With the sudden switch to Lighthouse, the once revered optimization platform becomes unrecognizable and unusable.
Editors note: It would seem that the team at GTMetrix has listened to the developers that were impacted by the sudden website optimization platform revision, and have been working tirelessly to improve the proprietary parts of their testing platform to offer more relevant scores. They also worked closely with Valier to address optimization issues on our managed sites, and as a result our sites improved and GTMetrix improved their scoring system. While this post is relevant in the sense that it offers insight into the process that took place, we now hope that it also serves as a testament to GTMetrix’s commitment toward its customers. We will continue to monitor GTMetrix’s platform updates and will continue to discuss these changes here at valiermedia.com.
Today I went to complete an ongoing optimization project for a client of mine only to discover that the entire GTMetrix platform has been converted to use Lighthouse rather than PageSpeed and YSlow. While I am aware of the “advantages” that Google feels that Lighthouse offers (they think all of their software is the best), the service has never provided useful optimization reports for developers like myself, who are generally tasked with updating a site until it scores well in a trusted rating system. For years, that trusted rating system has been PageSpeed and YSlow through GTMetrix.
I have been an ardent supporter of GTMetrix for years, and have continuously found the reports offered through PageSpeed and YSlow to be vastly superior to the gross generalizations made by Google’s optimization platform. Google’s PageSpeed testing platform for example, pitches the need to switch to their proprietary image extension (webp), presenting this as a major issue with website performance when we all know what it is – another effort by Google to use their purchasing power to force more of the internet to be reliant on their tech. Many browsers don’t even support that image format! After over a decade of working as a developer, I can comfortably say that Google often uses their software to pitch services that they offer at every juncture, even if the service won’t actually serve their customer’s best interest.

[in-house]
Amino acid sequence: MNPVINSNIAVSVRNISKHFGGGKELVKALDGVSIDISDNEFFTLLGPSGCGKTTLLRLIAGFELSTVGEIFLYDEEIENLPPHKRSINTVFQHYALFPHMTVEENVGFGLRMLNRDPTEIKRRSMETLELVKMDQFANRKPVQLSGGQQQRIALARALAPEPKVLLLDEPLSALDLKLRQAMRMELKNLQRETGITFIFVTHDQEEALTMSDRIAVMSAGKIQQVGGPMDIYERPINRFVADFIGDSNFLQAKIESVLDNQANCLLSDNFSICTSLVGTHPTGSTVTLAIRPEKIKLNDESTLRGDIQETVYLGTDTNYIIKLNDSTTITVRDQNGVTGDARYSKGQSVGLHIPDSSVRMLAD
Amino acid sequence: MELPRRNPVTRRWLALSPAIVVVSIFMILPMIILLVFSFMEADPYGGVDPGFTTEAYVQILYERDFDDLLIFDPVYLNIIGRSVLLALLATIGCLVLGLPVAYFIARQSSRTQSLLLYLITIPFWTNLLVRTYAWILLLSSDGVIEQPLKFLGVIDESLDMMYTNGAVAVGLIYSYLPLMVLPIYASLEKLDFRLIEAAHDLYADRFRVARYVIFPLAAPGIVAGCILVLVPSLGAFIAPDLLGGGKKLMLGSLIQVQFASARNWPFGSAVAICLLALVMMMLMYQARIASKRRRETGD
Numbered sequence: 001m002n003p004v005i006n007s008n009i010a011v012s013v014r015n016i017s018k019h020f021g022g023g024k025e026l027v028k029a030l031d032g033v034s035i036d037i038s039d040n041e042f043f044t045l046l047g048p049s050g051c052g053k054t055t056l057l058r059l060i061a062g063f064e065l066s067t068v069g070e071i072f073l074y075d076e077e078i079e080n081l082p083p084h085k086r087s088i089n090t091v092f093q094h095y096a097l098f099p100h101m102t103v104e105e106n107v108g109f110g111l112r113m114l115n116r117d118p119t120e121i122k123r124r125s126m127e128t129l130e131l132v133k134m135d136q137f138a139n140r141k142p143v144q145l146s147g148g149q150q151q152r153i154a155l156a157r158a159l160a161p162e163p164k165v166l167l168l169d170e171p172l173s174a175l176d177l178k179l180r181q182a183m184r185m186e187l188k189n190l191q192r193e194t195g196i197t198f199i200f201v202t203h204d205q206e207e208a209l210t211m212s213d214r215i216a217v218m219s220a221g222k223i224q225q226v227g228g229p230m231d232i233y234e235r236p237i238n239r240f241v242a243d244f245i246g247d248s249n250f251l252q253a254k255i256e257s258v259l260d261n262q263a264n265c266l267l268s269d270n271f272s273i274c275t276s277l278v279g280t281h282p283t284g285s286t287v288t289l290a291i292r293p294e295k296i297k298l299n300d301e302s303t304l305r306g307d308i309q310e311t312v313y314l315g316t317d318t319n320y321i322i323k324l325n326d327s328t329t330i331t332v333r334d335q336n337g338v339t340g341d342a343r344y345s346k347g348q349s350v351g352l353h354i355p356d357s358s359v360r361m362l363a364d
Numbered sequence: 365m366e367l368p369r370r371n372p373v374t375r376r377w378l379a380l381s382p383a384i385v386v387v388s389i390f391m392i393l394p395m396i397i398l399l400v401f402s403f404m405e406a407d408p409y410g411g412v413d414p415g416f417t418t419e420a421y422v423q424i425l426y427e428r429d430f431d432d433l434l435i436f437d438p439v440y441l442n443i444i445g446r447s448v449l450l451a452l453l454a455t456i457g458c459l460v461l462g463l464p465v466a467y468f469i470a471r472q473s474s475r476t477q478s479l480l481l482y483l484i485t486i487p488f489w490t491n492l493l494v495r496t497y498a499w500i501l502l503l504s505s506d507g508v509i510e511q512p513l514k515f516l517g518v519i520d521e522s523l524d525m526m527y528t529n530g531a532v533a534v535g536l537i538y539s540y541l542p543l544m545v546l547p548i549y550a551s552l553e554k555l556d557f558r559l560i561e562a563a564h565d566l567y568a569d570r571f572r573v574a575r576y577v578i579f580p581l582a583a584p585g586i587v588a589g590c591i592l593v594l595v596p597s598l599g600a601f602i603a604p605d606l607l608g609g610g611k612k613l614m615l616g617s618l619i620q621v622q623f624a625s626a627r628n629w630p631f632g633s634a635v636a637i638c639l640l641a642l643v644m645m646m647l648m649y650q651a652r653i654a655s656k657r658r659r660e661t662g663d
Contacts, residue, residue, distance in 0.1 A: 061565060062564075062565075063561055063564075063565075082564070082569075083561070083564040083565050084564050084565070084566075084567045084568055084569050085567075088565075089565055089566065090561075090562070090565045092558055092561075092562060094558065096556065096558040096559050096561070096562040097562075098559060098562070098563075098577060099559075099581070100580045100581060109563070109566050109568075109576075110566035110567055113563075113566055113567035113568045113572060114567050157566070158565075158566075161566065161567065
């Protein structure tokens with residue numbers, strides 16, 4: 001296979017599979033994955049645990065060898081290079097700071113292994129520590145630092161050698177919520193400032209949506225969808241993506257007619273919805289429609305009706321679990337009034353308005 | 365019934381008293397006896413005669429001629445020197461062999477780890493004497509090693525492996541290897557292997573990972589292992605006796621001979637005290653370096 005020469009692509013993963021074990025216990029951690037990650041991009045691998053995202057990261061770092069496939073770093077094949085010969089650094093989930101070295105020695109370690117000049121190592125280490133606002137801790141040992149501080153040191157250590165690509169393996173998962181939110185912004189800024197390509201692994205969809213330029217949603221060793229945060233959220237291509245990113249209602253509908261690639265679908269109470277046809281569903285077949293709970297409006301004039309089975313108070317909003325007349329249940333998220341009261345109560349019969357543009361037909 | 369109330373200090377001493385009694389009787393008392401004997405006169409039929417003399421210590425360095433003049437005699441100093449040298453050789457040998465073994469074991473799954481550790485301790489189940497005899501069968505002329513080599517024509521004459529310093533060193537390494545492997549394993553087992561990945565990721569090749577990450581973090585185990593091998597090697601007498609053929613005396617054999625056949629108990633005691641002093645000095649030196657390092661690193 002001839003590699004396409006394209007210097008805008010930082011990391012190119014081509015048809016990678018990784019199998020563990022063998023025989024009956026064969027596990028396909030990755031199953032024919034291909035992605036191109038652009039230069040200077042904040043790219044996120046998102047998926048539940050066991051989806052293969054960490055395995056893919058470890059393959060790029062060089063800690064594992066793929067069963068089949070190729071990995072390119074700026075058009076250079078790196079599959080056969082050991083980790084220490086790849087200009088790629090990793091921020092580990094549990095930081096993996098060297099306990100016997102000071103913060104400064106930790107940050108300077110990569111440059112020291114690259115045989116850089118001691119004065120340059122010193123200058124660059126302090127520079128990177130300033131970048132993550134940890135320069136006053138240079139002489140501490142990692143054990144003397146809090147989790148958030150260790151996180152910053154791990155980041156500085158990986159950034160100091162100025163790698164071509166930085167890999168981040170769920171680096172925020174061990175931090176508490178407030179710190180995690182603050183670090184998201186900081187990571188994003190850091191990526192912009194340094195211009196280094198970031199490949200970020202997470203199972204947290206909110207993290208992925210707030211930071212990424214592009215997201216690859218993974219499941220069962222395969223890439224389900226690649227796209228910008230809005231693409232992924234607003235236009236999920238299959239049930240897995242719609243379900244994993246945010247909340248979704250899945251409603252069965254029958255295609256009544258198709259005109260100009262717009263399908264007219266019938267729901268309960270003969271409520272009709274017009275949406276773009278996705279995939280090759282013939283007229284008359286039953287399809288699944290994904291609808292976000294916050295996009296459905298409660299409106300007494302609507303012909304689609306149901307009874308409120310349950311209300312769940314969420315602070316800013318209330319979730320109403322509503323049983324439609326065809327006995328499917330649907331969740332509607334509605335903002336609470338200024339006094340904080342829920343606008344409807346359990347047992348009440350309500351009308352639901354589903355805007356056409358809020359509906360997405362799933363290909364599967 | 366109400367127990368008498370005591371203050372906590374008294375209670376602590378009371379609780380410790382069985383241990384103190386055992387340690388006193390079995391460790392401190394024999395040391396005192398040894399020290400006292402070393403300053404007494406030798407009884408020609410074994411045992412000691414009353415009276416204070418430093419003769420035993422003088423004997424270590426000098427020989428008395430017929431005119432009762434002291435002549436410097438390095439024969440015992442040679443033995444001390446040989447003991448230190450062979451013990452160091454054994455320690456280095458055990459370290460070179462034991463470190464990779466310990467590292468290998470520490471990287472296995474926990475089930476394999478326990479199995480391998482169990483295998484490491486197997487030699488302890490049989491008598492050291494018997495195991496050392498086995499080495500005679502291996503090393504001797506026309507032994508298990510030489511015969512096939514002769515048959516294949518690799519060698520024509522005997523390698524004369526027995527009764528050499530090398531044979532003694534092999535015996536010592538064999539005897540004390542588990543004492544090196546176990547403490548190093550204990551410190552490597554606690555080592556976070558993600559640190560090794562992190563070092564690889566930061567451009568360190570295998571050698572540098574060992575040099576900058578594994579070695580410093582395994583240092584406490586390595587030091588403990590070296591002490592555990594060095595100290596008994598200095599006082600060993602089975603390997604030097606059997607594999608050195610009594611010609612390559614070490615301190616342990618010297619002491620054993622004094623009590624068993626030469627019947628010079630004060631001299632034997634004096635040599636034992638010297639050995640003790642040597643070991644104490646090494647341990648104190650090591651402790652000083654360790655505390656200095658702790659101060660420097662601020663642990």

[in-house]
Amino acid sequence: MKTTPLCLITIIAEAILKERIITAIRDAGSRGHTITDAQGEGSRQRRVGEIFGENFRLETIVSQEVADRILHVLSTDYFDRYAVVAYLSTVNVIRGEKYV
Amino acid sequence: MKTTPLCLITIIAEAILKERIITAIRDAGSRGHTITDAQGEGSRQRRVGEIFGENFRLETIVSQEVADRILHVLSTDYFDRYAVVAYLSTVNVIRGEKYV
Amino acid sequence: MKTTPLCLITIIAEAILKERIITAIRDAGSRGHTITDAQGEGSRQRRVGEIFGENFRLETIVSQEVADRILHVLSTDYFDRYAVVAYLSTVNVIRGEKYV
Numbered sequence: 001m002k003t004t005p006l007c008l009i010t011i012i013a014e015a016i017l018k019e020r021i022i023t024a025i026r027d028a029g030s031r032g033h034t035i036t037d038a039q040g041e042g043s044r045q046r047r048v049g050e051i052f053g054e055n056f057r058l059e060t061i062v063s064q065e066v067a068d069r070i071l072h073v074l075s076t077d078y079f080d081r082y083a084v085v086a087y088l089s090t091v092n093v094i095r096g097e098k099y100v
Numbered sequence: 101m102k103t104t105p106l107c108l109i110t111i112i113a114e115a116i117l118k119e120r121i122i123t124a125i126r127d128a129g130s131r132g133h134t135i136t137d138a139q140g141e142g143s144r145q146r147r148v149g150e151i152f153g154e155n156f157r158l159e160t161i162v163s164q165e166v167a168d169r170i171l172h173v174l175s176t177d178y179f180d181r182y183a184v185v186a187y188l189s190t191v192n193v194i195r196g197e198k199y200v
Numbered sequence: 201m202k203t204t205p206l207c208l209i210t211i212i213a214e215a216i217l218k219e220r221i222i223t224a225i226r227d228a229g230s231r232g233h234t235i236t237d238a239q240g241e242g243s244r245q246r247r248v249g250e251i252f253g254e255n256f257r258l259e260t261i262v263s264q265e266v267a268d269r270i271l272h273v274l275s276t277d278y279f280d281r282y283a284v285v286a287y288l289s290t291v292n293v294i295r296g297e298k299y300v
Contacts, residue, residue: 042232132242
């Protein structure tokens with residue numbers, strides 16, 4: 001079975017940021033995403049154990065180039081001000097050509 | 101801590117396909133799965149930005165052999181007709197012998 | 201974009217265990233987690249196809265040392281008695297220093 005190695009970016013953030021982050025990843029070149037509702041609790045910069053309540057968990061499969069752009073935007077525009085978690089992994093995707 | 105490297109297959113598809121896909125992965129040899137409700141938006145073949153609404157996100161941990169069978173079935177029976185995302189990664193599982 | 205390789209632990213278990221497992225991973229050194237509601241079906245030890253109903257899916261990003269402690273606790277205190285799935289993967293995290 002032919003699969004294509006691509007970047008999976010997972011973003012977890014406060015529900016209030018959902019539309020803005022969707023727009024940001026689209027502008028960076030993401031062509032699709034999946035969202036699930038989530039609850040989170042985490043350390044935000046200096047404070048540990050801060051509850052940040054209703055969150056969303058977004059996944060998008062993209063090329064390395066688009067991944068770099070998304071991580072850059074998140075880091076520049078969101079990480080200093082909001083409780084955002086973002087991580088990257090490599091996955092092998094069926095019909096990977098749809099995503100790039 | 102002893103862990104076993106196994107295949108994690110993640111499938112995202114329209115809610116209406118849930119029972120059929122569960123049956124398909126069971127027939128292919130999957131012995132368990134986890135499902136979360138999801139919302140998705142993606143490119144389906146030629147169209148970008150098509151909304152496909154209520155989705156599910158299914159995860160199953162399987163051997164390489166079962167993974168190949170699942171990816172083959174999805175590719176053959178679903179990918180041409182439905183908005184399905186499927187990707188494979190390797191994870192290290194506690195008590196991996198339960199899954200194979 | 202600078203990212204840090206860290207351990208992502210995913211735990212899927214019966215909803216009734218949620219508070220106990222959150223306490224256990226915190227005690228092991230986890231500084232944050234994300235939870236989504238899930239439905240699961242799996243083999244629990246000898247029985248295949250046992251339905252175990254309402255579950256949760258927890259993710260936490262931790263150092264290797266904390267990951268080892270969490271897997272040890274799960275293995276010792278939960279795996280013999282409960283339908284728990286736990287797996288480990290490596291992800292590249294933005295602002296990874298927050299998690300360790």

Now let’s talk results.
Many sites that objectively perform well, and have had every available effort to optimize the site short of stripping it down to nothing perform terribly on the new GTMetrix rating system. This prevents developers from being able to explain to their clients that their site isn’t actually performing at 30%, that there are a few small things that could be changed but largely the third party scripts that have been added to the site (and are completely out of our hands as developers) are making it appear as though their site is performing about as poorly as possible. Irrational scores like this make me constantly have to explain that a single image that can be compressed to save a whopping 1kb of data shouldn’t be reducing a site’s image optimization score down to 60%, but that’s exactly what it does. What’s worse, is that Google can then use these asinine scores to determine the page ranking of your website. Say that again – if you don’t use Google’s proprietary image extension, they may be pushing your page down in search results.
In GTMetrix’s own words, they say that Lighthouse is designed to rate how a page actually loads for the user, rather than how it is built. But that couldn’t be further from the truth. Take a look at this real-world example of two sites I manage:
Site A – scoring 39
Site B – scoring 95